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Plant Cell Physiol. 2004 Mar;45(3):257-64.
Temperature-triggered periodical thermogenic oscillations in skunk cabbage (Symplocarpus foetidus).
Ito K, Ito T, Onda Y, Uemura M.
Cryobiosystem Research Center, Faculty of Agriculture, Iwate University, Ueda 3-18-8, Morioka, Iwate, 020-8550 Japan. email@example.com
The natural occurrence of temperature-triggered and light-independent thermogenic oscillation in the spadix of skunk cabbage, Symplocarpus foetidus, was discovered. The identified thermogenic oscillator had an accurate periodical cycle (ca. 60 min per cycle) that apparently responded to an increase or decrease in the spadix temperature with a threshold of less than 0.9 degrees C. Neither a constant ambient air temperature nor transient changes in the ambient air temperature within 10 min (19 degrees C --> 15 degrees C --> 19 degrees C) induced the temperature oscillation in the spadix. Moreover, the periodical cycles were independent of the weight of the spadix (2.5-9.2 g) and the amplitudes of the temperature oscillations were correlated with the magnitude of the changes in the spadix temperatures. These results imply that periodical temperature oscillations in the spadix of S. foetidus possess a quantitative regulatory process that involves a temperature sensation and subsequent heat production. Based on these results, we propose a time-dependent thermogenic oscillatory model that acts as a precise thermal regulator under dynamic environmental temperature changes.
J Eukaryot Microbiol. 1995 Sep-Oct;42(5):467-72.
Identification and partial purification of a stage-specific 33 kDa mitochondrial protein as the alternative oxidase of the Trypanosoma brucei brucei bloodstream trypomastigotes.
Chaudhuri M, Ajayi W, Temple S, Hill GC.
Division of Biomedical Sciences, Meharry Medical College, Nashville, Tennessee 37208, USA.
The glycerophosphate oxidase (GPO), the unique terminal oxidase of bloodstream trypanosome (TAO), appears to be functionally similar to the alternative oxidases of some plants and higher fungi. Immunoblotting of mitochondrial proteins of bloodstream trypomastigotes of Trypanosoma brucei with monoclonal or polyclonal antibodies to Sauromatum guttatum (voodoo lily) and Symplocarpus foetidus (skunk cabbage) alternative oxidases respectively revealed two proteins of about 33 kDa (p33) and 68 kDa (p68). These proteins are not present in procyclic trypomastigotes. Electrophoresis under rigorous denaturing conditions indicated p68 to be the dimer of p33. Indirect immunofluorescent studies of bloodstream and procyclic trypomastigotes with monoclonal antibody to plant alternative oxidase also showed the localization of 33 kDa protein in the mitochondria of the bloodstream trypomastigotes. The functional TAO activity could be solubilized efficiently from the mitochondrial membrane of the bloodstream trypomastigotes by 1% NP-40 or 10 mM lauryl maltoside. When fractionated by Superose 12 gel filtration chromatography, p33 was co-purified with the TAO enzymatic activity. The apparent molecular size of the active enzyme complex was found to be 160 kDa. Gradual disappearance of the 33 kDa protein and the TAO enzymatic activity were well correlated during in vitro differentiation of the bloodstream to procyclic trypomastigotes. This study implies that the net biosynthesis of p33, an essential subunit of TAO, is decreased during differentiation from bloodstream to procyclic trypomastigotes.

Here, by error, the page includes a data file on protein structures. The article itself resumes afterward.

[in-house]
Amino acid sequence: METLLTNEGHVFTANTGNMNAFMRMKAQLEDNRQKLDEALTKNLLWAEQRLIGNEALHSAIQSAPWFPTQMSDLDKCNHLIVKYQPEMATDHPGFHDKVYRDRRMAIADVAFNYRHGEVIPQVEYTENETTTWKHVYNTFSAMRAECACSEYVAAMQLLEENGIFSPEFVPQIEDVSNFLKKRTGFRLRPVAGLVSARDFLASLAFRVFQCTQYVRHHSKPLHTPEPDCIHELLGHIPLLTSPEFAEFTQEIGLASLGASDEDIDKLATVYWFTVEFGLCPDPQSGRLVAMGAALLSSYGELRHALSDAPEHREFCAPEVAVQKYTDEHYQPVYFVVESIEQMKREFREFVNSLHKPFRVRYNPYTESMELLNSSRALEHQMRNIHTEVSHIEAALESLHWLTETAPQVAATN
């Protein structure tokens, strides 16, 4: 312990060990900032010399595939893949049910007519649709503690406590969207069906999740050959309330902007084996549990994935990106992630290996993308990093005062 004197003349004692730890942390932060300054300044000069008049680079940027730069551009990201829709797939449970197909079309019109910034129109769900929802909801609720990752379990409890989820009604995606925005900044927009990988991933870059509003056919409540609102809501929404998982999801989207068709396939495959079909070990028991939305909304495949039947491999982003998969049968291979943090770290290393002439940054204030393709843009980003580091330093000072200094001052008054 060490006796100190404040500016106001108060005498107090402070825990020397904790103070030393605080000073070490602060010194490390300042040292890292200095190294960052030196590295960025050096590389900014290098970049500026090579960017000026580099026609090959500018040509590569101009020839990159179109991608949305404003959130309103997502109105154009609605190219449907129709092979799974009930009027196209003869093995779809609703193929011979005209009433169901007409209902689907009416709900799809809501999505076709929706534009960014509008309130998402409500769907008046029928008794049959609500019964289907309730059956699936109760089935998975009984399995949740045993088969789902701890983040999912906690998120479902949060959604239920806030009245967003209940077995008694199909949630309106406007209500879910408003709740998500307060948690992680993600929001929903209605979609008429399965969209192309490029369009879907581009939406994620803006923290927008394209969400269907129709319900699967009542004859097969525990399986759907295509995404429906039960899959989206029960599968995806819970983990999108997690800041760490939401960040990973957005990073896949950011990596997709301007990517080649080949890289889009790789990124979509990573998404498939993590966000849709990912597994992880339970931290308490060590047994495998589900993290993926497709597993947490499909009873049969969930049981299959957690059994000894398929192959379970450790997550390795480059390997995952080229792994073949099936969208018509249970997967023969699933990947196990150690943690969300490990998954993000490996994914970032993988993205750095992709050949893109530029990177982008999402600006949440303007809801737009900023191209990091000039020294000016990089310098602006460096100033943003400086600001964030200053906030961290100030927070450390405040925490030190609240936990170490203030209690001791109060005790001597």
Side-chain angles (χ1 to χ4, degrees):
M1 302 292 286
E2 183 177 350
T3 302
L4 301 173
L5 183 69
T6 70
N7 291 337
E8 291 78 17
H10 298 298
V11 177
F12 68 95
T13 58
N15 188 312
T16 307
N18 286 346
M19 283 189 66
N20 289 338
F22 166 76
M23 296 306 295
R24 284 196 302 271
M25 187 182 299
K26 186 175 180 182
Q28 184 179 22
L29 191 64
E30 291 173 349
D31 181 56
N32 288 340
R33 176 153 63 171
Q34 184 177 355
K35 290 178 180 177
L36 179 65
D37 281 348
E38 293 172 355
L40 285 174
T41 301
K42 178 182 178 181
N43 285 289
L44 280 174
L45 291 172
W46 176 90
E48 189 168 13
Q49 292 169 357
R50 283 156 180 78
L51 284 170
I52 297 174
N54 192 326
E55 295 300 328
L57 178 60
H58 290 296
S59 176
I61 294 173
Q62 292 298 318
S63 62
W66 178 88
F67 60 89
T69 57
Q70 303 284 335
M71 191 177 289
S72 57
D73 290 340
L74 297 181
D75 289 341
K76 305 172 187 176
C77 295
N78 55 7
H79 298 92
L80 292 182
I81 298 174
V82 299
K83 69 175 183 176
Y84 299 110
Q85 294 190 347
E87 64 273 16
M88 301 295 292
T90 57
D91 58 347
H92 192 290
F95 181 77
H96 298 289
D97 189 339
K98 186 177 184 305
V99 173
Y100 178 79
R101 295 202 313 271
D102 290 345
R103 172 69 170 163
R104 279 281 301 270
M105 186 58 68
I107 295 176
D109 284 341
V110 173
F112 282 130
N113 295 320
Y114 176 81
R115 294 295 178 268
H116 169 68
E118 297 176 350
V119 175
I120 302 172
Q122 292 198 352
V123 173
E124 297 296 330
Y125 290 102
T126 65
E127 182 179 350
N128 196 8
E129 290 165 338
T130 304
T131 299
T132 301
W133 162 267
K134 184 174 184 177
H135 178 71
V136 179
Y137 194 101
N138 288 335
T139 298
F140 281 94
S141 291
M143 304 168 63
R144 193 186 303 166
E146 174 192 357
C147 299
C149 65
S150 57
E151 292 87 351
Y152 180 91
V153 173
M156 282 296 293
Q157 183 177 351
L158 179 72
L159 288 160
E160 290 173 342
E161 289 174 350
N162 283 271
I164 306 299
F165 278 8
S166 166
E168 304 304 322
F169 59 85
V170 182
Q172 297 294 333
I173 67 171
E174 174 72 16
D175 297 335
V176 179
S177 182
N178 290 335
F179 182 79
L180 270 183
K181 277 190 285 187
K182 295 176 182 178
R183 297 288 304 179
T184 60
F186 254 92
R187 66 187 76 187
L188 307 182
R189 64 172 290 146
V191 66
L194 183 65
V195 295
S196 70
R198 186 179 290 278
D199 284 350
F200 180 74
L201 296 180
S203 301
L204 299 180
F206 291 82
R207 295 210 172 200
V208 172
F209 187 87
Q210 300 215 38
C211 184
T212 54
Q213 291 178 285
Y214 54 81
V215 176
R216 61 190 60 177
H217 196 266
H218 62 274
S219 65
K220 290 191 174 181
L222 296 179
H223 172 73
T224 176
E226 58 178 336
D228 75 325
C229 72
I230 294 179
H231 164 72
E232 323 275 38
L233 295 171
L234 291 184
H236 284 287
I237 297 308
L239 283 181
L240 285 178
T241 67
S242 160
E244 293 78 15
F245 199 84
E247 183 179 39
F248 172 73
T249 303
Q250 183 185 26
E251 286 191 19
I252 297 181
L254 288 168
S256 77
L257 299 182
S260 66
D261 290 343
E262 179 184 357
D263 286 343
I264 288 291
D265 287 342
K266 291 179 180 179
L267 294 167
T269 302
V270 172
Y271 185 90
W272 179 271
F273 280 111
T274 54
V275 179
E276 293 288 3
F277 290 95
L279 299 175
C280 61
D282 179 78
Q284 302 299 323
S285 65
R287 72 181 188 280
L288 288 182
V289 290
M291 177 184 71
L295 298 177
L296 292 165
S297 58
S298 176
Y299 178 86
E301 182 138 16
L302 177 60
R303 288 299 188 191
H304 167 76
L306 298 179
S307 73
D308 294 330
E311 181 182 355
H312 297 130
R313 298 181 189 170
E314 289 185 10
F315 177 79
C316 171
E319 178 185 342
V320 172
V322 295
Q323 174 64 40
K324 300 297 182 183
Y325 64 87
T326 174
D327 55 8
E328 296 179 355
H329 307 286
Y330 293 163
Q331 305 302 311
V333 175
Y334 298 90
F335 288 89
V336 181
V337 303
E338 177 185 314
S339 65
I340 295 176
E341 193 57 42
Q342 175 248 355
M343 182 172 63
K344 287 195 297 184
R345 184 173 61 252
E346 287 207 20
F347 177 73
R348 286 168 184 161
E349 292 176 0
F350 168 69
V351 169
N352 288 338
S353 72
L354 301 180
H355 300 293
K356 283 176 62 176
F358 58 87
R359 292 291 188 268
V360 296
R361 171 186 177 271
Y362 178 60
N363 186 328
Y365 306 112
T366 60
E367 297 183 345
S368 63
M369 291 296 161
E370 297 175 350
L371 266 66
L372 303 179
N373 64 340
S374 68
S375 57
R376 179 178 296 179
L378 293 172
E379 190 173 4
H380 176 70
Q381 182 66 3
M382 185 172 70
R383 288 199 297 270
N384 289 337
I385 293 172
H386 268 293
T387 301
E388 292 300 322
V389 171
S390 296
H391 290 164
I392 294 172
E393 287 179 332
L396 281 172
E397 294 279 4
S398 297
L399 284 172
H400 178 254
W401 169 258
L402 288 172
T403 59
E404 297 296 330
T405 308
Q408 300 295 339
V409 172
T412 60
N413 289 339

Comp Biochem Physiol B. 1989;94(2):245-51.
Trypanocidal CoQ analogues: their effect on other mitochondrial systems.
Clarkson AB Jr, Bienen EJ, Pollakis G, Grady RW.
Department of Medical and Molecular Parasitology, New York University School of Medicine, NY 10016.
1. A comparative study of compounds which inhibit the respiration of the infective form of the protozoan parasite Trypanosoma brucei brucei, such as salicylhydroxamic acid, other substituted benzhydroxamic acid, esters of 2,3- and 3,4-dihydroxybenzoic acid and structurally related compounds, showed that they have a remarkable degree of selectivity for the trypanosome as compared to rat liver mitochondria even though they are putative CoQ analogues and both respiratory systems are dependent on CoQ. 2. The minimal inhibition of mammalian mitochondrial function could not be assigned to inhibition of ubiquinone function in these mitochondria. 3. CoQ-reducing mitochondrial dehydrogenases from rat liver, trypanosomes and skunk cabbage (Symplocarpus foetidus) were insensitive to these inhibitors. 4. The alternative oxidase of skunk cabbage mitochondria was sensitive to a spectrum of trypanosome respiration inhibitors suggesting a similarity to the oxidase of the trypanosome although differing degrees of sensitivity and differing responses to alterations in the molecular structure of the inhibitors indicate that the milieu of the active sites are dissimilar.